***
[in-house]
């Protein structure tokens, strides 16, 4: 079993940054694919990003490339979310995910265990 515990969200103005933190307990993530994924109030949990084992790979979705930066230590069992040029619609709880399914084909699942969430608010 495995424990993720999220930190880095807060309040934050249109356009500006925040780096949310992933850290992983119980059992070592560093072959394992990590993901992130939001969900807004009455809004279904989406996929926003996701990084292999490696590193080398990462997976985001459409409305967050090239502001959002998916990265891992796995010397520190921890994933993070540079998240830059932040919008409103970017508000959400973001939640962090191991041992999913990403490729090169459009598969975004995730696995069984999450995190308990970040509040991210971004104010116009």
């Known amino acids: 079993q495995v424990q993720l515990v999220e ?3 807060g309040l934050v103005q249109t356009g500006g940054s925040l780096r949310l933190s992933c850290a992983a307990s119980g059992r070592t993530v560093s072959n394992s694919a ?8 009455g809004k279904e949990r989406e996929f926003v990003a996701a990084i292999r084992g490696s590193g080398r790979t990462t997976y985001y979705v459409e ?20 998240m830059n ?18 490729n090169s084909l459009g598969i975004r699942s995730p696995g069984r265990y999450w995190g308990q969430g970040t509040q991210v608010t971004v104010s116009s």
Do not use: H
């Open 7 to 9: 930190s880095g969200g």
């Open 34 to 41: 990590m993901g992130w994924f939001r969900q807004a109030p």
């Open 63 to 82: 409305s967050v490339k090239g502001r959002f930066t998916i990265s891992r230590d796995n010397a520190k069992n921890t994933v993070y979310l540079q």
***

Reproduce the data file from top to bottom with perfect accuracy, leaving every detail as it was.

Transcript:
[in-house]
């Protein structure tokens, strides 16, 4: 079993940054694919990003490339979310995910265990 515990969200103005933190307990993530994924109030949990084992790979979705930066230590069992040029619609709880399914084909699942969430608010 495995424990993720999220930190880095807060309040934050249109356009500006925040780096949310992933850290992983119980059992070592560093072959394992990590993901992130939001969900807004009455809004279904989406996929926003996701990084292999490696590193080398990462997976985001459409409305967050090239502001959002998916990265891992796995010397520190921890994933993070540079998240830059932040919008409103970017508000959400973001939640962090191991041992999913990403490729090169459009598969975004995730696995069984999450995190308990970040509040991210971004104010116009």
């Known amino acids: 079993q495995v424990q993720l515990v999220e ?3 807060g309040l934050v103005q249109t356009g500006g940054s925040l780096r949310l933190s992933c850290a992983a307990s119980g059992r070592t993530v560093s072959n394992s694919a ?8 009455g809004k279904e949990r989406e996929f926003v990003a996701a990084i292999r084992g490696s590193g080398r790979t990462t997976y985001y979705v459409e ?20 998240m830059n ?18 490729n090169s084909l459009g598969i975004r699942s995730p696995g069984r265990y999450w995190g308990q969430g970040t509040q991210v608010t971004v104010s116009s």
Do not use: H
């Open 7 to 9: 930190s880095g969200g």
């Open 34 to 41: 990590m993901g992130w994924f939001r969900q807004a109030p």
């Open 63 to 82: 409305s967050v490339k090239g502001r959002f930066t998916i990265s891992r230590d796995n010397a520190k069992n921890t994933v993070y979310l540079q």